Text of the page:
The French ruling class and their ideologues—those celebrated icons of enlightenment and bourgeois democracy—justified all this with the crudest racism. In 1886 the French bourgeois republican Jules Ferry declared: “The higher races have a right over the lower races, they have a duty to civilize the inferior races.”

After World War 2, the French waged a counter-revolutionary war of occupation in Vietnam, Cambodia, and Laos, killing hundreds of thousands of liberation fighters and civilians. After the defeat of the French in 1954, the U.S. took over the imperialist domination of Vietnam and waged its own war against the peoples of Indochina until being defeated in the mid-1970s.

And between 1954 and 1962, France sent 400,000 troops into Algeria to attempt to crush the independence movement. The French forces killed over 100,000 Algerians before being driven out.

The success of liberation struggles, along with the dismemberment of traditional-style empires and the rise of U.S. imperialism, provoked a series of crises for the French ruling class and brought the end—in the main—to formal French colonialism. But what emerged instead was neocolonialism, which maintained the same basic oppressive relationships between France and its (former) colonies, but in the form of nominally independent states.

New and Not Improved Neocolonialism

Of every thousand children born in Mali, 109 die in infancy. By contrast, in capitalist-imperialist countries, the infant mortality rate is in the range of three, four or five children per thousand. Those additional 100 children in every thousand who die in infancy in Mali are direct victims of the workings of imperialism—with the French ruling class the main “beneficiaries” of the brutal exploitation of the people of Mali.

Financial instruments of international capitalism-imperialism like the International Monetary Fund (IMF) impose policies that contort the economy of Mali in service of foreign capitalist-imperialist investment. IMF policies force peasants in Mali to use scarce arable land to grow cotton for export to France instead of food to feed themselves and their children. That, in part, is why 27 percent of the children in Mali are dangerously underweight. And when world market prices for cotton crashed starting in the late 1990s, Malian farmers suffered even more extreme privation, and Mali’s national debts to imperialist financial institutions mounted.

The legacy and present-day operation of imperialism produced the most profound and horrific scars on the economic, political, and social landscape in Africa, including setting the stage for endless fratricidal conflict among peoples in Africa that has been an essential element in colonial and neocolonial domination. France, for example, was deeply involved in provoking and perpetuating the horrific genocide in Rwanda in 1984 that resulted in the killing of between half a million and a million people. A Rwandan commission determined that France helped train the ethnic Hutu militia that carried out much of the killing, helped plan the genocide, and participated in the killings. The report accused 33 senior French military and political officials of involvement in the Rwandan genocide including François Mitterrand, the president of France at the time. The Rwandan report said, “French soldiers themselves directly were involved in assassinations of Tutsis and Hutus accused of hiding Tutsis.” (“Rwanda: French Accused in Genocide,” AP, August 6, 2008)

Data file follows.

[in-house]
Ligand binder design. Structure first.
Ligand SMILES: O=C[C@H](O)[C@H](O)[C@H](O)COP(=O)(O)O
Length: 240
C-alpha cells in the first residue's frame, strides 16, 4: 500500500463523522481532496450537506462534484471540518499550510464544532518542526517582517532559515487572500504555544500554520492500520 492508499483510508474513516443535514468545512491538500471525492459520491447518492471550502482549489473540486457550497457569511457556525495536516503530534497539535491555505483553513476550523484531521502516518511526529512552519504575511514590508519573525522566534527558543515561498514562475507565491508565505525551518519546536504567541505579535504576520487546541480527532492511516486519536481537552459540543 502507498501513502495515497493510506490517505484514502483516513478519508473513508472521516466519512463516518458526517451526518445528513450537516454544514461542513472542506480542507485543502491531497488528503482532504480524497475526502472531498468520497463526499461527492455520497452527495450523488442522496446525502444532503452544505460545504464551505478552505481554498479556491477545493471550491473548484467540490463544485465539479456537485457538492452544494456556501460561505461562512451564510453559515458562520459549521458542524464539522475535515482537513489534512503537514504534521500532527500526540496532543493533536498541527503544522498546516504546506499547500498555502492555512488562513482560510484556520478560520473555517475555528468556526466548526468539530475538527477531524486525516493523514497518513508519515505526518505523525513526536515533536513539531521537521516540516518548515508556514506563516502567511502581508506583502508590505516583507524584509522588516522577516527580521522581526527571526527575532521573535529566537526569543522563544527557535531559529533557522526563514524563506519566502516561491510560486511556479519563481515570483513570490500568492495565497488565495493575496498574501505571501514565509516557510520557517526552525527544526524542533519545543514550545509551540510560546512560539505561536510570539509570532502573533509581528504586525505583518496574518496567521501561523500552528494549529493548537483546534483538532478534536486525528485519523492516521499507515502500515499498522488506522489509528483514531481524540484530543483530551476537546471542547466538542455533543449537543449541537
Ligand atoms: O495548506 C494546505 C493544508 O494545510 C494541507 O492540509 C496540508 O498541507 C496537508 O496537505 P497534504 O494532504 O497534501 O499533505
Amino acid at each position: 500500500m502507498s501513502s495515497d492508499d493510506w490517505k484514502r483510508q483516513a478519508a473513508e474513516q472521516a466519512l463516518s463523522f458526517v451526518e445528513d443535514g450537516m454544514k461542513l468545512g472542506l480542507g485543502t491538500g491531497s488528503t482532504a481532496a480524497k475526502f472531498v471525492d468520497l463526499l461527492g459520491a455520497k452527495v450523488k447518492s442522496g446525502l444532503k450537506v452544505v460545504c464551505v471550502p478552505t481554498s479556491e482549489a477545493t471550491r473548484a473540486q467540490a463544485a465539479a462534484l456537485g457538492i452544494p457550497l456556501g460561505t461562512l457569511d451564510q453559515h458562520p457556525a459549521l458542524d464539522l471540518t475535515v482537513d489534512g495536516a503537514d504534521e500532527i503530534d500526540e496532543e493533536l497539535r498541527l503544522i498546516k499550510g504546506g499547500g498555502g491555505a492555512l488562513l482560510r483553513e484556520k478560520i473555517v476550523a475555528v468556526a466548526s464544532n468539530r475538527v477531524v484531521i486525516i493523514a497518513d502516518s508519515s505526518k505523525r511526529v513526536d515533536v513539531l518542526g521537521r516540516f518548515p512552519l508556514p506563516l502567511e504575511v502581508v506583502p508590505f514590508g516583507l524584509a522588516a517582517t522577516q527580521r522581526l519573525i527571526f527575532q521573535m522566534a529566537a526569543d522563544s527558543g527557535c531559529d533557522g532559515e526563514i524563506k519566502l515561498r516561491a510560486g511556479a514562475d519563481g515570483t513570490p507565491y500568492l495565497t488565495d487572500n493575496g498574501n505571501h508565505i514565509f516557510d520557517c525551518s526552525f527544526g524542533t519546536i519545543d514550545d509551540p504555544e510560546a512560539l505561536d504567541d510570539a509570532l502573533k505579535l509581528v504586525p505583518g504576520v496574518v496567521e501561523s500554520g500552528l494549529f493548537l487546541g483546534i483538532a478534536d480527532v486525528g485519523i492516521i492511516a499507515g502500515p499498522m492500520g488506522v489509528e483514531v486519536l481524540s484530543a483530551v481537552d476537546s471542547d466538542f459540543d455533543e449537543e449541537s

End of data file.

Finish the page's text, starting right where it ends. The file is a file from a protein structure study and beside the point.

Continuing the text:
Such are the genocidal “liberators” of Mali.





Revolution #414 November 23, 2015

Obama After Paris: A Sane and Moral Response?

by Alan Goodman | November 18, 2015 | Revolution Newspaper |


On November 16, Barack Obama held a press conference in Antalya, Turkey, where he is attending the “G20” Summit. This is a meeting of world economic powers. The terrible November 13 attacks across Paris by ISIS—the reactionary armed Islamist movement now dominating parts of Syria and Iraq—was not on the agenda. But it was all anyone was talking about. As Revolution emphasized immediately after the attacks, “The attack in Paris was aimed at advancing a reactionary agenda by spreading terror. It was cruel and unjust and horrific.” (See “A Terrorist Attack in Paris, a World of Horrors, and the NEED FOR ANOTHER WAY.”)

Bringing Forward Another Way

Bringing Foward Another Way is an edited version of a talk by Bob Avakian, Chairman of the Revolutionary Communist Party, USA, to a group of Party supporters, in 2006. It is must reading for a serious understanding of what the U.S. "war on terror" is really about and how to bring forward a positive force in the world in opposition to both Western imperialism and Islamic Jihad.

Download PDF

When Obama finished his opening remarks, representatives of ruling class media swarmed like piranhas. They hit Obama with “questions,” like calling on him to address those who say “[Y]our preference of diplomacy over using the military makes the United States weaker and emboldens our enemies.” Or, since “the United States has the greatest military in the world... why can't we take out these bastards?”

It almost seemed like déjà vu all over again—back to the days right after September 11, 2001, when anyone who said anything but “kill them all and let God sort them out” was condemned as a traitor.

At the press conference, Obama punched back—visibly pissed off. He argued that it was not possible or necessary for the U.S. to send 50,000 troops into Syria and every other country from which a terrorist attack is launched. He defended his moves to allow in 10,000 Syrian refugees (out of more than 11 million people displaced by the war).